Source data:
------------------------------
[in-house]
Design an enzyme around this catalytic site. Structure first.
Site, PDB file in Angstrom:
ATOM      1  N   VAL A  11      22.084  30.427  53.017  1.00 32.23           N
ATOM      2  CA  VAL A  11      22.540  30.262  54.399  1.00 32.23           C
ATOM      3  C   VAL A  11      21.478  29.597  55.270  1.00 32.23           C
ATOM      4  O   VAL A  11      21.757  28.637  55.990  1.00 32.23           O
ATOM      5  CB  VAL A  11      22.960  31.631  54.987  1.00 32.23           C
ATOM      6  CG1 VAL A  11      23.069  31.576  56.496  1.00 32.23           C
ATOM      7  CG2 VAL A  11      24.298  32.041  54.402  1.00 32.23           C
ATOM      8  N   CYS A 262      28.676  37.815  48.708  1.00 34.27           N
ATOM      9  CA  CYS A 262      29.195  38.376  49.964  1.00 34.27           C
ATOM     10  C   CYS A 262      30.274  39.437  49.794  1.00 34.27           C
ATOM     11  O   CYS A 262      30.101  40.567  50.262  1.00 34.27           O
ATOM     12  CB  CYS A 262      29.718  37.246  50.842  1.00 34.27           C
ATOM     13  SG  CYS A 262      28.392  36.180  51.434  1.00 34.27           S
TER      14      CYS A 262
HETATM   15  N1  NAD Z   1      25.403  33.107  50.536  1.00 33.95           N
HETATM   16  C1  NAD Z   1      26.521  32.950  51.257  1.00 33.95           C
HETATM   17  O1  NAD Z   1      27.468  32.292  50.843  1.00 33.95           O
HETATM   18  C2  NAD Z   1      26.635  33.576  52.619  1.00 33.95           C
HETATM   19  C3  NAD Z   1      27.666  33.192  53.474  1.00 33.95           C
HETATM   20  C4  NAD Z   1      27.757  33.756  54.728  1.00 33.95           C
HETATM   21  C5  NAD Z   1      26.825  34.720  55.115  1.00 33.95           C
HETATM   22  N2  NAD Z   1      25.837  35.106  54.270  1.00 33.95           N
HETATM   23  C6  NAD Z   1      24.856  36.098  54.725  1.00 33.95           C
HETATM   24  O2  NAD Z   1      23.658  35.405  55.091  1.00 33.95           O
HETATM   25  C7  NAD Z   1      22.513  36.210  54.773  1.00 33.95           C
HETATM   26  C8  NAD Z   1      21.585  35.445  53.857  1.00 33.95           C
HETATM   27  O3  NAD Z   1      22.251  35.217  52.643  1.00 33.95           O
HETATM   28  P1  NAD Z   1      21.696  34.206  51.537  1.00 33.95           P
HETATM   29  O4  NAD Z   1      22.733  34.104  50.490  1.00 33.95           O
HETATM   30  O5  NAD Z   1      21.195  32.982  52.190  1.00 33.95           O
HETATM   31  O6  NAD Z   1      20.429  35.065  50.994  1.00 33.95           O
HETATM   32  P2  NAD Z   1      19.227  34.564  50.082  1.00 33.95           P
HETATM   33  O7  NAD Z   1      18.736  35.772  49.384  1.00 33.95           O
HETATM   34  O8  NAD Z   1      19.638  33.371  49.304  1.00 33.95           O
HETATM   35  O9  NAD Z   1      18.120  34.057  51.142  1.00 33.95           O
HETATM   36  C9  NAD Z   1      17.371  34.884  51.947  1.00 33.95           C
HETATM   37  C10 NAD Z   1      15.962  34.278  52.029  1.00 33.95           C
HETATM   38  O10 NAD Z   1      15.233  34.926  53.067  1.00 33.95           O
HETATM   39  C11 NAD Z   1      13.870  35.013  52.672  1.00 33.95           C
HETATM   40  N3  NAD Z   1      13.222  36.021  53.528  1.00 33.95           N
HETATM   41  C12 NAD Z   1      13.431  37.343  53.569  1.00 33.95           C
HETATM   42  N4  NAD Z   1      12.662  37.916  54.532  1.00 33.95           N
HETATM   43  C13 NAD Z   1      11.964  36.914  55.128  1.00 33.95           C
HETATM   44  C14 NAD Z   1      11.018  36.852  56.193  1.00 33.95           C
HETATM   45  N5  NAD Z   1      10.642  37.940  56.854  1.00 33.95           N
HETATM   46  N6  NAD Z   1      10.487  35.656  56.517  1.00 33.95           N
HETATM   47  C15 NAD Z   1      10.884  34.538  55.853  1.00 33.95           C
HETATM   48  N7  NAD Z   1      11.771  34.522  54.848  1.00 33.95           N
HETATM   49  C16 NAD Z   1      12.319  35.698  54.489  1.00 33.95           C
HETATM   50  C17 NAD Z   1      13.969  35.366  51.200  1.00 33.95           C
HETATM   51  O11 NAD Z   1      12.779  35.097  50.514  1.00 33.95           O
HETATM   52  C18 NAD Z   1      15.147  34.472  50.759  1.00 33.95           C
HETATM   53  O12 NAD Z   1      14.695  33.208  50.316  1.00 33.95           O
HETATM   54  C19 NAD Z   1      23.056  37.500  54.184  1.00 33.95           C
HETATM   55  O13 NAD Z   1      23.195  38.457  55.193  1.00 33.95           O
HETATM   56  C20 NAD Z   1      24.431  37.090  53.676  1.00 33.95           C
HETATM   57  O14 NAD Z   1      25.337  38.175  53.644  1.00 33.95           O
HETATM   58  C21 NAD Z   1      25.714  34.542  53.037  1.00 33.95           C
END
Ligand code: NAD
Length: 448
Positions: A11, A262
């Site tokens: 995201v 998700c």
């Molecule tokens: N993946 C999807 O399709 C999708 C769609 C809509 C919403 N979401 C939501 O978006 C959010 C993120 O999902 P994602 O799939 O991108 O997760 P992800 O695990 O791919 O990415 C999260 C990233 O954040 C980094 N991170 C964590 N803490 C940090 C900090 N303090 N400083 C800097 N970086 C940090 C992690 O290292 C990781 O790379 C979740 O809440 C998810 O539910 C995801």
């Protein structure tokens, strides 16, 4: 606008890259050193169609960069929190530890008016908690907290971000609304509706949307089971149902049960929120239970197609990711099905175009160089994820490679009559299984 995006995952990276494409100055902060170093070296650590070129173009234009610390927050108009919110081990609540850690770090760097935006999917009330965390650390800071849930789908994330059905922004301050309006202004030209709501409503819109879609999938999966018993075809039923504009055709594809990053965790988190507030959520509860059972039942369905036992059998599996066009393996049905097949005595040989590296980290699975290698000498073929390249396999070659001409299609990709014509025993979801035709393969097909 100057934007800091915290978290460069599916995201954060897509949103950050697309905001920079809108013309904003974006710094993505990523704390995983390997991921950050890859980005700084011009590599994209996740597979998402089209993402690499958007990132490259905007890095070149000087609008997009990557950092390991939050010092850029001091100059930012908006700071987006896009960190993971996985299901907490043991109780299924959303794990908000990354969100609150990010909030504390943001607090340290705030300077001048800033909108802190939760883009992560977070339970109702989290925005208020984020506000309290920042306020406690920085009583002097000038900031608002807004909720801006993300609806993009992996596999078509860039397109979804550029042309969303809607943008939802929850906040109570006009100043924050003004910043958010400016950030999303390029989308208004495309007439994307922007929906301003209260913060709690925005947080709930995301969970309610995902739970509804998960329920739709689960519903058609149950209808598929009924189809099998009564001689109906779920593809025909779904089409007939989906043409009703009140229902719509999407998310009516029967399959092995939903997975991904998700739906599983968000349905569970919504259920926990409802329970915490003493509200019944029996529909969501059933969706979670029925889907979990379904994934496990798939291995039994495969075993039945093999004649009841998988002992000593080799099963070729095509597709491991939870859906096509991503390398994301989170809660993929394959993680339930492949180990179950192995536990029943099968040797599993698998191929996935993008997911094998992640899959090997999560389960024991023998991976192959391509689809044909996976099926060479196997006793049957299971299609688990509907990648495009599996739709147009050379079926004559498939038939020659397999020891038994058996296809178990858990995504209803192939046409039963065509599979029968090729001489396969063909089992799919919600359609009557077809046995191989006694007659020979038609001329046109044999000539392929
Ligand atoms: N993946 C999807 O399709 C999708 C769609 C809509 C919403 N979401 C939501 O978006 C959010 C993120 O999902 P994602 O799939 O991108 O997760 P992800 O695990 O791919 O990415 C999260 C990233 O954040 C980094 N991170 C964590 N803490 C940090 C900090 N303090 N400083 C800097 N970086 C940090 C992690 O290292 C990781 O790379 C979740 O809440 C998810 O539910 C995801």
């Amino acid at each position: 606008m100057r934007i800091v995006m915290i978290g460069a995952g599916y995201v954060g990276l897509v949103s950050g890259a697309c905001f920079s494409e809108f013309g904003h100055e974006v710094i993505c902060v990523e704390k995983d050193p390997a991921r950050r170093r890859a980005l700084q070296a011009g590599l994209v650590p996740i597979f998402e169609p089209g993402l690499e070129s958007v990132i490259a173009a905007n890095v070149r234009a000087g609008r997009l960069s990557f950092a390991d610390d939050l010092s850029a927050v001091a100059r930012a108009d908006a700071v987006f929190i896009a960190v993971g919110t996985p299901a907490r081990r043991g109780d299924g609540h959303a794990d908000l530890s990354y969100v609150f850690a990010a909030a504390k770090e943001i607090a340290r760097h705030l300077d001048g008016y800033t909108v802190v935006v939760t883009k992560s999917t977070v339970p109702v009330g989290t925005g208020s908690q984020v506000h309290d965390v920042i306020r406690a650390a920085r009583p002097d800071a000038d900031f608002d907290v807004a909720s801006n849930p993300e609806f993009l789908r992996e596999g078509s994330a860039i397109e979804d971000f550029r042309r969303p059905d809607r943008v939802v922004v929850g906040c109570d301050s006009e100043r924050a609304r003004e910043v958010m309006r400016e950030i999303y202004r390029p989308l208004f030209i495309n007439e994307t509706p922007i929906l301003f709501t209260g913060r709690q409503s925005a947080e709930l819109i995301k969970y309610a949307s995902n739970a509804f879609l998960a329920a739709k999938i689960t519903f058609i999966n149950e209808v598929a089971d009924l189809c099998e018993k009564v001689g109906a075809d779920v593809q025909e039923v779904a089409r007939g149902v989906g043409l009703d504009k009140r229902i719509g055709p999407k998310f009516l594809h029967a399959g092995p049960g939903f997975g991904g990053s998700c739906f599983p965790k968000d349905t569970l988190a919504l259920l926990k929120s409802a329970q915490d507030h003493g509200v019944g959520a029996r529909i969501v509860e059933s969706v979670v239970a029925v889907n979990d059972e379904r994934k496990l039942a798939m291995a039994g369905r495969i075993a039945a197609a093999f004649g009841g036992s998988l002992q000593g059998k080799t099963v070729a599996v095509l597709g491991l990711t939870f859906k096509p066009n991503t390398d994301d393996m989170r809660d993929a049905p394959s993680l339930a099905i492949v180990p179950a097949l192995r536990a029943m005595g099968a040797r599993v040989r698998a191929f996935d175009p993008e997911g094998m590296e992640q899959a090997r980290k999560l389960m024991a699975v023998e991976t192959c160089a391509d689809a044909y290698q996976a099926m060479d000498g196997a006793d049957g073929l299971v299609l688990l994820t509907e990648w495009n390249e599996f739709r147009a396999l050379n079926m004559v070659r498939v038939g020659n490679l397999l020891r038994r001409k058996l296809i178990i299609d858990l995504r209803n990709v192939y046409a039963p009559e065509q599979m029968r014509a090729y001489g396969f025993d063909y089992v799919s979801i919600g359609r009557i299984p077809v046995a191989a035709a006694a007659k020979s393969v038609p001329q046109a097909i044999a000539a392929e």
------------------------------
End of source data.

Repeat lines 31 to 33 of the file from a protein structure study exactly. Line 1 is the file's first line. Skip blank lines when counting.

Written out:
HETATM   28  P1  NAD Z   1      21.696  34.206  51.537  1.00 33.95           P
HETATM   29  O4  NAD Z   1      22.733  34.104  50.490  1.00 33.95           O
HETATM   30  O5  NAD Z   1      21.195  32.982  52.190  1.00 33.95           O